News & Press
Borrego Solar to take on NYS market
Westchester County Business Journal & Hudson Valley Business Journal
July 26, 2012
For 30-plus years, Borrego Solar Systems Inc. has been installing large-scale solar photovoltaic (PV) systems on commercial and municipal properties across the country, with the New York state market being one notable void.
But encouraged by new incentives that have been made available by the New York State Energy Research and Development Authority over the past year, Borrego executives hope to make a grand entrance.
For companies and organizations that qualify for incentive dollars under a NYSERDA program introduced in 2011, Borrego is offering a power purchase agreement under which it will design, install and operate a full solar PV system at no cost â€“ with the client paying only for the electricity generated by the panels.
David Sugrue, senior project developer at Borrego for the New York region, said the opportunity is tailor-made for municipalities, school districts or nonprofits that lack the upfront capital required to pay for a large-scale solar system.
“What we’re able to do with this incentive is we’ll build a system on, for example, a school’s property â€“ at no cost. Zero. Nothing,” Sugrue said. “Instead of buying electricity from Con Ed for 16 cents per kilowatt-hour â€¦ we can sell it to them for 10 or 11 cents for each kilowatt-hour.”
While it lacks a presence in New York state, Borrego, a private company based in Oakland, Calif., and founded in 1980, says it has designed and installed more than 1,000 large-scale solar developments nationwide, including more than $100 million worth of projects in its 2010-2011 fiscal year.
In addition to the option for Borrego to install and finance a new solar system, the company also designs and installs systems for clients seeking to own their systems outright.
With the combination of federal incentives and the new NYSERDA incentives, a commercial property owner can see a return on a large-scale system in two to three years, and an overall return on investment of roughly 20 percent over a 30-year period, Sugrue said.
Alternatively, under the power purchasing option, Borrego and a client would agree to a long-term contract, typically for 20 years, that allows the client to pay below-market rates that increase 2 or 3 percent annually over the life of the contract while allowing Borrego to absorb the state and federal incentives.
“We negotiate a price up front. We look at your current rate, say â€˜Here’s what you would be paying, and here’s what you’re going to pay with us for the next 20 years,’” Sugrue said.
The latter arrangement would not be financially viable for Borrego if not for incentive dollars that are available through NYSERDA as part of the NY-Sun initiative spearheaded by Gov. Andrew Cuomo, Sugrue said.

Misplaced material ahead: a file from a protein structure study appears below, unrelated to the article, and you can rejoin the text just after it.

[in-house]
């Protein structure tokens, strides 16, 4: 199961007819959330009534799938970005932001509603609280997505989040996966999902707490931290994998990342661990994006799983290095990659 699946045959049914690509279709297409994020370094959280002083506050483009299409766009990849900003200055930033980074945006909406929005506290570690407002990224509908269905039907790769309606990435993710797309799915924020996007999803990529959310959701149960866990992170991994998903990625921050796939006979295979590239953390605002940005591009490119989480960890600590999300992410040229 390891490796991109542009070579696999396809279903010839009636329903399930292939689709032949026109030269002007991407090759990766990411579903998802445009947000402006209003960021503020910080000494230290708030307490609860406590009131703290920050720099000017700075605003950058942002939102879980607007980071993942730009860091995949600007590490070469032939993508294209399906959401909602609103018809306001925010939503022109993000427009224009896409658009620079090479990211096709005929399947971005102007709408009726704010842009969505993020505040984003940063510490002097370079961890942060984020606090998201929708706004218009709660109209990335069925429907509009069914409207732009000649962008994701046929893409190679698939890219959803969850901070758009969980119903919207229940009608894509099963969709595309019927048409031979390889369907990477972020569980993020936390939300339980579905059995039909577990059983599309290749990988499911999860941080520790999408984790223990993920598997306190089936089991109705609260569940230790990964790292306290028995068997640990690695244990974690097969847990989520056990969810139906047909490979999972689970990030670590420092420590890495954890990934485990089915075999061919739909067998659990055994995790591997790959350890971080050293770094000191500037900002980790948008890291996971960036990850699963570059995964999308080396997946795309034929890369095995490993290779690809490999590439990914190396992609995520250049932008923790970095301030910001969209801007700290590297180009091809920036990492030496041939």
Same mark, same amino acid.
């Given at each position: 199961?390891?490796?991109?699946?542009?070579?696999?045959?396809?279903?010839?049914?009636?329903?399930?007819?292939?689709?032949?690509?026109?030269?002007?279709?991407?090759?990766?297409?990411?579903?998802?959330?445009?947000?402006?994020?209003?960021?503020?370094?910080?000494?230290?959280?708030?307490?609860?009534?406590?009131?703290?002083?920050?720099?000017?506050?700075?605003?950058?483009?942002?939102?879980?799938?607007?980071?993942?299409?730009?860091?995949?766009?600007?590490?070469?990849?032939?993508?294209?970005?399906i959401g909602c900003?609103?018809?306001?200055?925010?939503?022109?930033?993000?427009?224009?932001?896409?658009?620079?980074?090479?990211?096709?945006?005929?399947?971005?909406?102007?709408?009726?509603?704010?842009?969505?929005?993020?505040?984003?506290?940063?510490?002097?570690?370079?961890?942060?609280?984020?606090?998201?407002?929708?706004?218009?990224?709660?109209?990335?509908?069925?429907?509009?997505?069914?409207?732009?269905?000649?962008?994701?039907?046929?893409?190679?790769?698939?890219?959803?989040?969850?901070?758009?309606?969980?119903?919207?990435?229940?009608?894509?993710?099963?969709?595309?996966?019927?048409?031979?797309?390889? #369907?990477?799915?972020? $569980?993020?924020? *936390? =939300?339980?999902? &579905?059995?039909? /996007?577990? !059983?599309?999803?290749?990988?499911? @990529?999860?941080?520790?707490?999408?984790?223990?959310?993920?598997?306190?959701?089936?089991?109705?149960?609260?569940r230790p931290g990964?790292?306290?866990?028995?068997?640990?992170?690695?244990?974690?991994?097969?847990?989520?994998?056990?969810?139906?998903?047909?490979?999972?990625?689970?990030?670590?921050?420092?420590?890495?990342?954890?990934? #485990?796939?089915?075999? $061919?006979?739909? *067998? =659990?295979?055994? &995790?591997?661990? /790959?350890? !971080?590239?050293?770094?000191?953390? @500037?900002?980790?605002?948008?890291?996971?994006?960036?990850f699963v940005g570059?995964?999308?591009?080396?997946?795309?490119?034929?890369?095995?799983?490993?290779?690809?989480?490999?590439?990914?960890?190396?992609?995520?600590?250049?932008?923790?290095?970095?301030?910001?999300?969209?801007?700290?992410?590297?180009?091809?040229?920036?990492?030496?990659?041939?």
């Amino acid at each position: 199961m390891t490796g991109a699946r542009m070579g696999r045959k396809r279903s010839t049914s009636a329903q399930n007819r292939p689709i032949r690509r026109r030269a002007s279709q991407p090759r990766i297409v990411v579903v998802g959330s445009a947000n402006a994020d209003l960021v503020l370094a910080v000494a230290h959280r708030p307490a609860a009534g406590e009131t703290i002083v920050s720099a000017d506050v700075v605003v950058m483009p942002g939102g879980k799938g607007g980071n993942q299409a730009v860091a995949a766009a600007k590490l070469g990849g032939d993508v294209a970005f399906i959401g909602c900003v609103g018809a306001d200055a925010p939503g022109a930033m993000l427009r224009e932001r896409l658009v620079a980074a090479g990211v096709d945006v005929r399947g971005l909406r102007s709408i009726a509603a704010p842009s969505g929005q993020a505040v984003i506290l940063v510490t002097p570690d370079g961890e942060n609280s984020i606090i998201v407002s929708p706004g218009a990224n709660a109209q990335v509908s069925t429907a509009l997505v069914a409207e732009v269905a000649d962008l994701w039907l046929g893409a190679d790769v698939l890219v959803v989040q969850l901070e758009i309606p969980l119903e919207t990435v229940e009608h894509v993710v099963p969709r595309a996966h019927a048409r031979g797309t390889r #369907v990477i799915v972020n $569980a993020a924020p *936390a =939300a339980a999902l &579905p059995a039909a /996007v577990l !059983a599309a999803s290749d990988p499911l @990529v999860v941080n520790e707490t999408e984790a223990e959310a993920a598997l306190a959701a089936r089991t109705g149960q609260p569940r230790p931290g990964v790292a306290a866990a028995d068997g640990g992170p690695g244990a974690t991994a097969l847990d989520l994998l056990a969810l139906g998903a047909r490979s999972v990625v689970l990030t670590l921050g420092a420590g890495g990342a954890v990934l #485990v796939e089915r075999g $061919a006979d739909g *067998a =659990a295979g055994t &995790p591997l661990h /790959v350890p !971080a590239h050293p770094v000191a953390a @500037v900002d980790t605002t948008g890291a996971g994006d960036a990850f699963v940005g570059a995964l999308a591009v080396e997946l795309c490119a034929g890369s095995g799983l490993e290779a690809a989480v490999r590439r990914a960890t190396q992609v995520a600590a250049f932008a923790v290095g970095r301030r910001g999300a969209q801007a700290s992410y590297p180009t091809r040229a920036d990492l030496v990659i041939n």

Under the NYSERDA program, which was introduced in March 2011 as part of its Renewable Portfolio Standard Customer-Sited Tier Program, property owners looking to install solar PV systems larger than 50 kilowatts were able to bid for a share of $150 million in funding spread across a five-year period.
The funding was then distributed to those bidders who had requested the fewest incentive dollars per kilowatt hour that would be generated by their proposed systems â€“ essentially allowing the market to set the rate, Sugrue said.
For its first two years, the program was restricted to applicants located in the Hudson Valley or New York City.
With the launch of the NY-Sun Initiative in April, however, eligibility was expanded to the entire state, while funding for both large-scale customer-sited systems and residential customer-sited systems was expanded drastically.
In April, the New York State Public Service Commission approved NYSERDA’s request to double funding for all customer-sited solar systems to $432 million over the next four years.
The expanded program will increase incentives for large-scale commercial systems, in addition to small and medium-size residential and commercial systems.
NYSERDA spokeswoman Kate Muller said that as a result of the NY-Sun initiative, state officials are projecting that customer-sited solar systems installed statewide in 2012 will be double the capacity of what was installed in 2011, and for customer-sited systems installed in 2013 to have four times the capacity of the 2011 installations.
“The NY-Sun Initiative puts New York at the forefront of solar development and research, creating green jobs while containing energy costs for consumers,” Cuomo said in a statement when the initiative was announced.
Muller said NYSERDA has received an “enthusiastic” response to its large-scale customer-sited solar PV program, with NYSERDA awarding $34.5 million since the program’s inception in 2011.
The next round of funding for large-scale solar systems is scheduled to be released in November, with a subsequent round in the late spring or early summer of 2013.
The November apportionment will include $36.4 million in incentive opportunities, including $3.03 million for the Hudson Valley.
The subsequent round of funding will total $70.5 million, and is projected to include $8.375 million for installations in the Hudson Valley.
Borrego plans to concentrate its efforts in the Hudson Valley and Long Island, where the market electricity rates are typically the highest and consumers would theoretically have the most to gain by installing a large-scale solar system, Sugrue said.
“Solar used to be stuck in the realm of exotic and very expensive,” said Sugrue. Now, he said, “New York is what we consider to be a real emerging market.”
Schwartz Communications, Inc.
595 Market Street, Suite 2000
San Francisco, CA 94105